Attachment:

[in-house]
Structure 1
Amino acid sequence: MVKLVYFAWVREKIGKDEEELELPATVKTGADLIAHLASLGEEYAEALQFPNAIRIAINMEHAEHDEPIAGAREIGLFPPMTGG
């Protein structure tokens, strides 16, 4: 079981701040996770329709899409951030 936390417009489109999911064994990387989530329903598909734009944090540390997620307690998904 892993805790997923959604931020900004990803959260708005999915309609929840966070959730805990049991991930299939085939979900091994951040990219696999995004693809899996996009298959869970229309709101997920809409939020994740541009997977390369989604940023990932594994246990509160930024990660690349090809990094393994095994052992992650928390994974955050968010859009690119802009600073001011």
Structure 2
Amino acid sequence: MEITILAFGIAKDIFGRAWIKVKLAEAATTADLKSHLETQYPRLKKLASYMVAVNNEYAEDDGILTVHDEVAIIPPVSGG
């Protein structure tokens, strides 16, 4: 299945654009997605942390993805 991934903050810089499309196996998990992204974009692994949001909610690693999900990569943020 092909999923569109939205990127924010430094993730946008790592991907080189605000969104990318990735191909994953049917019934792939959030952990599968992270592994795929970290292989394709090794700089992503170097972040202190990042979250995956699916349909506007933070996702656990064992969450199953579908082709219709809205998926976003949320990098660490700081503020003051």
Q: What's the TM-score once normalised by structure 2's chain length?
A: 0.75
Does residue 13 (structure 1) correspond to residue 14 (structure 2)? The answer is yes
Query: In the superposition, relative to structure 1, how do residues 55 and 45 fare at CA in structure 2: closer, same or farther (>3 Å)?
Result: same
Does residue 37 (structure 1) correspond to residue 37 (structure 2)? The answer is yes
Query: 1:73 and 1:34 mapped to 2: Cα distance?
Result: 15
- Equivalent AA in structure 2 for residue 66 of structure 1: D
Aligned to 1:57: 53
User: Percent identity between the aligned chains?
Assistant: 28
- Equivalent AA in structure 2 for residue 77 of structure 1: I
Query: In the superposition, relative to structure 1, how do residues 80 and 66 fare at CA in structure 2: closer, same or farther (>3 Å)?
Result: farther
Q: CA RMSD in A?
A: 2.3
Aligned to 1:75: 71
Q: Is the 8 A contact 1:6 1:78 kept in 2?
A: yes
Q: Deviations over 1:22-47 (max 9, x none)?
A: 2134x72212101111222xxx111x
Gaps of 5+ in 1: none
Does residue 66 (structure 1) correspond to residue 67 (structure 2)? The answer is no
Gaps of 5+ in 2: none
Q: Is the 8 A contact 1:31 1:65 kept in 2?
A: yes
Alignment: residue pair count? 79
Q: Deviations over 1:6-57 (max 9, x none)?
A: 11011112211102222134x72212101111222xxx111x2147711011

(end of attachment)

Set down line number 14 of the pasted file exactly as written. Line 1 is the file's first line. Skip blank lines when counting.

Query: 1:73 and 1:34 mapped to 2: Cα distance?